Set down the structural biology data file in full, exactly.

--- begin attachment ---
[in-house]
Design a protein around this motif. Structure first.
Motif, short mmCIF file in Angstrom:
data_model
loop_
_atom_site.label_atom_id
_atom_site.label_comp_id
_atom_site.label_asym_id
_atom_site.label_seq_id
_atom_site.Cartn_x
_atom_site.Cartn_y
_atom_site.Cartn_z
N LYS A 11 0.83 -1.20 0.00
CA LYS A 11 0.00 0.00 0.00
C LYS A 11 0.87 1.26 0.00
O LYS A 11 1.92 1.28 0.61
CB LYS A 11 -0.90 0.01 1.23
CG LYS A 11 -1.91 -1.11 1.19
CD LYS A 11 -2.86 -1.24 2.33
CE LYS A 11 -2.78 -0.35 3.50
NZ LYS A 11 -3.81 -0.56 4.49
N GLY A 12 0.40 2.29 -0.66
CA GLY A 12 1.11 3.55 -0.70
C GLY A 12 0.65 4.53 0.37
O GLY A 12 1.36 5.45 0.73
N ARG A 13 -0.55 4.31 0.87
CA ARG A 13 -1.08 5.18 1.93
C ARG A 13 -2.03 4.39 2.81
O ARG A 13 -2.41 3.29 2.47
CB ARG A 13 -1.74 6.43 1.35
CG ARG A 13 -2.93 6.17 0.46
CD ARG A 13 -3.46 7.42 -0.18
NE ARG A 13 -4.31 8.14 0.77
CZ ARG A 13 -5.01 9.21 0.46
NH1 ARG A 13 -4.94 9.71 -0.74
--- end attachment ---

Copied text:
[in-house]
Design a protein around this motif. Structure first.
Motif, short mmCIF file in Angstrom:
data_model
loop_
_atom_site.label_atom_id
_atom_site.label_comp_id
_atom_site.label_asym_id
_atom_site.label_seq_id
_atom_site.Cartn_x
_atom_site.Cartn_y
_atom_site.Cartn_z
N LYS A 11 0.83 -1.20 0.00
CA LYS A 11 0.00 0.00 0.00
C LYS A 11 0.87 1.26 0.00
O LYS A 11 1.92 1.28 0.61
CB LYS A 11 -0.90 0.01 1.23
CG LYS A 11 -1.91 -1.11 1.19
CD LYS A 11 -2.86 -1.24 2.33
CE LYS A 11 -2.78 -0.35 3.50
NZ LYS A 11 -3.81 -0.56 4.49
N GLY A 12 0.40 2.29 -0.66
CA GLY A 12 1.11 3.55 -0.70
C GLY A 12 0.65 4.53 0.37
O GLY A 12 1.36 5.45 0.73
N ARG A 13 -0.55 4.31 0.87
CA ARG A 13 -1.08 5.18 1.93
C ARG A 13 -2.03 4.39 2.81
O ARG A 13 -2.41 3.29 2.47
CB ARG A 13 -1.74 6.43 1.35
CG ARG A 13 -2.93 6.17 0.46
CD ARG A 13 -3.46 7.42 -0.18
NE ARG A 13 -4.31 8.14 0.77
CZ ARG A 13 -5.01 9.21 0.46
NH1 ARG A 13 -4.94 9.71 -0.74